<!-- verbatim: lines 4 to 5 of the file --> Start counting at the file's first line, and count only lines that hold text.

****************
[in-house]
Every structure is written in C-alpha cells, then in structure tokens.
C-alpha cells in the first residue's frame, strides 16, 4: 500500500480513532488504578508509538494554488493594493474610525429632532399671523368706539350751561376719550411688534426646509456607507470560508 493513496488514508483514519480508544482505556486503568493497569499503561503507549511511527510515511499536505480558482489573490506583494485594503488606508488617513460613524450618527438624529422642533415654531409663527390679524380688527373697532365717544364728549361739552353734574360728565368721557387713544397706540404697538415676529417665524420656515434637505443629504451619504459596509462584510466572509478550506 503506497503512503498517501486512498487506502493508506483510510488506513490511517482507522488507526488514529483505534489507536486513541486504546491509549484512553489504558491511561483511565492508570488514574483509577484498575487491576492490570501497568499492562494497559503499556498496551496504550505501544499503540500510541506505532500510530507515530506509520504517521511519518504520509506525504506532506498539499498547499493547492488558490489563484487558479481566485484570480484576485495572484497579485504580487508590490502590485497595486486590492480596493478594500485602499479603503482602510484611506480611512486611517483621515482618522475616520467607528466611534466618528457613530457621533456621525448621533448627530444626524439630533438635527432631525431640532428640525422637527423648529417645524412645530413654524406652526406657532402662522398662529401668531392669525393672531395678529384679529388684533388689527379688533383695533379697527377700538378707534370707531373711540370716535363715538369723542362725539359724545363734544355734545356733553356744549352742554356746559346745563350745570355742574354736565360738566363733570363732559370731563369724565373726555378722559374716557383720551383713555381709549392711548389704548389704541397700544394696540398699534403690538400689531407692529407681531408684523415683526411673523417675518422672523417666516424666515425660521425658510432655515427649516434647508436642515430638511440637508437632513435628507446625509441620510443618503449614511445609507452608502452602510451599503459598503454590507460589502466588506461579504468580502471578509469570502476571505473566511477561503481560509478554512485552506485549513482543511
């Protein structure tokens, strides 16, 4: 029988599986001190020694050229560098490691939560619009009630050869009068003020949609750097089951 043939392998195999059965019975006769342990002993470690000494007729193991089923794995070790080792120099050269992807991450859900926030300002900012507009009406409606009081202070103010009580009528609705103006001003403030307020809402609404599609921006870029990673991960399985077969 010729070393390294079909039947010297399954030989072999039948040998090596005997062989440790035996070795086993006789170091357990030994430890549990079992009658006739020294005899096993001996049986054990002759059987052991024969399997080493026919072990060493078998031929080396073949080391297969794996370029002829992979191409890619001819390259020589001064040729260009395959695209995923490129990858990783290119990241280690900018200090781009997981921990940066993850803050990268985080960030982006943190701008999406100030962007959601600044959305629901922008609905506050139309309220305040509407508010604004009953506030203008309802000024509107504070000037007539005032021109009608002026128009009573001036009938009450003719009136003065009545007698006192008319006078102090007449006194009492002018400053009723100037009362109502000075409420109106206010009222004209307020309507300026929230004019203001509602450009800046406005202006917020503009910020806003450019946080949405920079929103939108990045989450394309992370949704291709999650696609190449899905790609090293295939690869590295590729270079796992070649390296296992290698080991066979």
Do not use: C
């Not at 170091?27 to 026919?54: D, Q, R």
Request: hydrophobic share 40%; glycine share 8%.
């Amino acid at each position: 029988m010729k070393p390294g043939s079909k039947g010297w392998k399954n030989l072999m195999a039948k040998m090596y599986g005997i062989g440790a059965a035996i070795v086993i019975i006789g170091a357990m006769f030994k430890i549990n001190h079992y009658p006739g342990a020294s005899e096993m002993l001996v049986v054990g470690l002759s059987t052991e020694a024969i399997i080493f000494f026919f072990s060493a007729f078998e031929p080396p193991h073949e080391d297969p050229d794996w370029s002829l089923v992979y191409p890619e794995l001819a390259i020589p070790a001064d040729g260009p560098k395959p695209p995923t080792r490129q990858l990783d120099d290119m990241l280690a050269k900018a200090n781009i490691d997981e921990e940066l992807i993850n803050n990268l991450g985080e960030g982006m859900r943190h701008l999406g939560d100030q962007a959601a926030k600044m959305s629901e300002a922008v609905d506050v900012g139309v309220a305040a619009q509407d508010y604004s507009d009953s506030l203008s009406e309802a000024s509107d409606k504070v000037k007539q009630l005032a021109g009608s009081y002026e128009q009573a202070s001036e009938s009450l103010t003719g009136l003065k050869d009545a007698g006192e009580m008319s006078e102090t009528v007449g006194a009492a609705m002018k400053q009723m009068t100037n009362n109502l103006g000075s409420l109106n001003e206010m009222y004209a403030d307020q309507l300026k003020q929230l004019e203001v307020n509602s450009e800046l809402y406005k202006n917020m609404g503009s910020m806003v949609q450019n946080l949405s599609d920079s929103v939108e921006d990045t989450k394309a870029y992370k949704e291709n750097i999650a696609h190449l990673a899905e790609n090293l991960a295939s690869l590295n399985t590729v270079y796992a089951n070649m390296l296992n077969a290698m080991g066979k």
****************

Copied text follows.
């Protein structure tokens, strides 16, 4: 029988599986001190020694050229560098490691939560619009009630050869009068003020949609750097089951 043939392998195999059965019975006769342990002993470690000494007729193991089923794995070790080792120099050269992807991450859900926030300002900012507009009406409606009081202070103010009580009528609705103006001003403030307020809402609404599609921006870029990673991960399985077969 010729070393390294079909039947010297399954030989072999039948040998090596005997062989440790035996070795086993006789170091357990030994430890549990079992009658006739020294005899096993001996049986054990002759059987052991024969399997080493026919072990060493078998031929080396073949080391297969794996370029002829992979191409890619001819390259020589001064040729260009395959695209995923490129990858990783290119990241280690900018200090781009997981921990940066993850803050990268985080960030982006943190701008999406100030962007959601600044959305629901922008609905506050139309309220305040509407508010604004009953506030203008309802000024509107504070000037007539005032021109009608002026128009009573001036009938009450003719009136003065009545007698006192008319006078102090007449006194009492002018400053009723100037009362109502000075409420109106206010009222004209307020309507300026929230004019203001509602450009800046406005202006917020503009910020806003450019946080949405920079929103939108990045989450394309992370949704291709999650696609190449899905790609090293295939690869590295590729270079796992070649390296296992290698080991066979």
Do not use: C